The authoritarian right and the ideological left
Westminster’s statutory backing for a Press Ombudsman would become President Putin’s State Censorship Committee, Robert Mugabe’s Ministry of Truth or Mahmoud Ahmadinejad’s Board of Righteousness. Look, they would gloat, the mother of democracy understands the need for the state to ensure that journalists behave.
We agree. Surrendering to the alliance that favours the maximalist position would be easy.
There is almost someone for everyone in this unique coalition of good intentions, fringe activism and Hollywood glamour.
And Hugh Grant has been impressive in his role as celebrity front man for the Hacked Off campaign.
But, beyond noting that this is among the most incongruous pairings since Quasimodo met Esmeralda, it is important to remember that he is an actor who has not hesitated to use popular newspapers for publicity when the deal suited him.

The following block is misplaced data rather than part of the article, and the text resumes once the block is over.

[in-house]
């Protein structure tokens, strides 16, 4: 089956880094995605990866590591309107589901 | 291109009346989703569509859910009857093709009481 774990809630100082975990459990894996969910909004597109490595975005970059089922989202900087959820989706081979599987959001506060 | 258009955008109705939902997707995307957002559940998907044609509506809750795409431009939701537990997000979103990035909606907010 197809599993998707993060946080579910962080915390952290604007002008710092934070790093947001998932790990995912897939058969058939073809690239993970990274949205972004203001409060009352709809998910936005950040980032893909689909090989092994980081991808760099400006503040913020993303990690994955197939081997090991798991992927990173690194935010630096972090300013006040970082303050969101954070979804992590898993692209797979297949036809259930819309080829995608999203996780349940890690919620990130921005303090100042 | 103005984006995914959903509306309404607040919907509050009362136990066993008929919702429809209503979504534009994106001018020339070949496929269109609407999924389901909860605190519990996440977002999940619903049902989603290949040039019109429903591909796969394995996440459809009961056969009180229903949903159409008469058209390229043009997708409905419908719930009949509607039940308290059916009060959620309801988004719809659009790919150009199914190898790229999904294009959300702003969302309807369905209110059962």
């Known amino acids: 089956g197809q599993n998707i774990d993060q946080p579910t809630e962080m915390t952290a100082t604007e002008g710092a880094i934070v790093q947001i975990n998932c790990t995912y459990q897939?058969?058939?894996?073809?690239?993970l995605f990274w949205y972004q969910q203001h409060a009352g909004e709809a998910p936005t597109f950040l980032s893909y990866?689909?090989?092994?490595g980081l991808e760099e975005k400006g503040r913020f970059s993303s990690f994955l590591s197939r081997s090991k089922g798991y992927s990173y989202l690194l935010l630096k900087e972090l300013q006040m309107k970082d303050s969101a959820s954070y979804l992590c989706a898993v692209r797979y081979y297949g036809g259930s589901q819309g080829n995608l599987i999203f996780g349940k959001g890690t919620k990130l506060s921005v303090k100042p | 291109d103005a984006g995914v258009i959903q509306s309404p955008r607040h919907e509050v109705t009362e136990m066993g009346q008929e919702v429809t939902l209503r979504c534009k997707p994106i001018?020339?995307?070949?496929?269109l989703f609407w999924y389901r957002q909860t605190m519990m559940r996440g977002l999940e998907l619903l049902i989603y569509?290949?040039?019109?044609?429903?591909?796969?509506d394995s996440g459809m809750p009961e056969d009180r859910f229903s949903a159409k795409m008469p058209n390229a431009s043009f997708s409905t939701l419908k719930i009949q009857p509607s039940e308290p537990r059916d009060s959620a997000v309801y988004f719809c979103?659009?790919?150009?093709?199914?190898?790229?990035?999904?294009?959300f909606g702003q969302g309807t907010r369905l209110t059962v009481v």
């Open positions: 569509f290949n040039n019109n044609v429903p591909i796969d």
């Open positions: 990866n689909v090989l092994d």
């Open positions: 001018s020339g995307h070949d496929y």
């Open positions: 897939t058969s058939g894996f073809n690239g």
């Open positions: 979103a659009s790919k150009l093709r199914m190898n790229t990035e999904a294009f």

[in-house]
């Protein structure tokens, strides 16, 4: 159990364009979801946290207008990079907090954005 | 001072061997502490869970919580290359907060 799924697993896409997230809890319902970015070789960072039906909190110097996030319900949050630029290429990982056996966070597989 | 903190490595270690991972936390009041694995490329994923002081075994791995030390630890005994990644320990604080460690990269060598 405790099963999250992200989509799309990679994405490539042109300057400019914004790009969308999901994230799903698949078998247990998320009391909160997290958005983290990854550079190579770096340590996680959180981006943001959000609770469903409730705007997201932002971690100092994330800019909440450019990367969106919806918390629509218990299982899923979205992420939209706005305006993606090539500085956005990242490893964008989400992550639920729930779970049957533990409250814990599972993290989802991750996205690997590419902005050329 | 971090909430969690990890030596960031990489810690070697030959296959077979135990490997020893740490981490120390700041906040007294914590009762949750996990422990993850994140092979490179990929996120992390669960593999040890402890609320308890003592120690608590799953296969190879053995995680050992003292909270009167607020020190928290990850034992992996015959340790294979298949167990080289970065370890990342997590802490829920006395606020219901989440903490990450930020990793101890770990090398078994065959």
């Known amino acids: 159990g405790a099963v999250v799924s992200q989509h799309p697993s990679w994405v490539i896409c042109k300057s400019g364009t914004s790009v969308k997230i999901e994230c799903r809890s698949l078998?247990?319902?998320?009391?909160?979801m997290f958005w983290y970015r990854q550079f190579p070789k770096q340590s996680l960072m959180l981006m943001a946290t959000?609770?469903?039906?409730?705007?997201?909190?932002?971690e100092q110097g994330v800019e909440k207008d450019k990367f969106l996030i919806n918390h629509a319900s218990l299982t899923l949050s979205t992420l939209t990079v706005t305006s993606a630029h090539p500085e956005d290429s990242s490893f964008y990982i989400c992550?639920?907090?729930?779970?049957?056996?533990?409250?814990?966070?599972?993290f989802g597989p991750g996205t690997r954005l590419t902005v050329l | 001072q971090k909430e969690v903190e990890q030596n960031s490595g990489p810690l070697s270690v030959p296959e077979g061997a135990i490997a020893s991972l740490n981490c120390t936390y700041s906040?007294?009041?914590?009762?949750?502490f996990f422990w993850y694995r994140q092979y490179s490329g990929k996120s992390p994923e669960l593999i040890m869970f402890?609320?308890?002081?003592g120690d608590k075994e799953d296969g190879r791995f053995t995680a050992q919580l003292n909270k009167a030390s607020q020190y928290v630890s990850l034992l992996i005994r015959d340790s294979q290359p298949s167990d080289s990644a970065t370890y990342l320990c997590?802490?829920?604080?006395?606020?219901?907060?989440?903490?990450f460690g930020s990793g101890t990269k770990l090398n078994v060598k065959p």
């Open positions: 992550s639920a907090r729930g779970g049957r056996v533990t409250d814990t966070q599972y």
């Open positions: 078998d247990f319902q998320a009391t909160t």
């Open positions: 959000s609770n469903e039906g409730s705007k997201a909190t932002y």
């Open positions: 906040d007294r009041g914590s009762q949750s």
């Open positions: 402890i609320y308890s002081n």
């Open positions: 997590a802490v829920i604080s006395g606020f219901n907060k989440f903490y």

In the debate this pamphlet hopes to inform, nobody should be astonished to see emerging alliances of convenience in favour of censorship.
The authoritarian right and the ideological left hold several prejudices in common; though their similarities are rarely as apparent as on the question of press regulation.
Potentially shocking though is the possibility that sincere liberals may soon find themselves blamed for an outcome they would despise.
Were the superb work The Guardian did to expose phone-hacking to result in state-supervised regulation of British newspapers, the injustice would be grotesque. An outcome that great newspaper deplores in every corner of the world could never be described as a fitting conclusion to its most courageous and laudable campaign.
An officially regulated press is the glib, easy, dangerous solution. It would spell the slow, painful death of a raucous, audacious and impertinent press able to speak truth to power on behalf of its readers and entertaining enough to secure their loyalty.
A few individuals who already have our collective sympathy and who have received or will receive richly deserved compensation might enjoy the spectacle. We would all be the losers.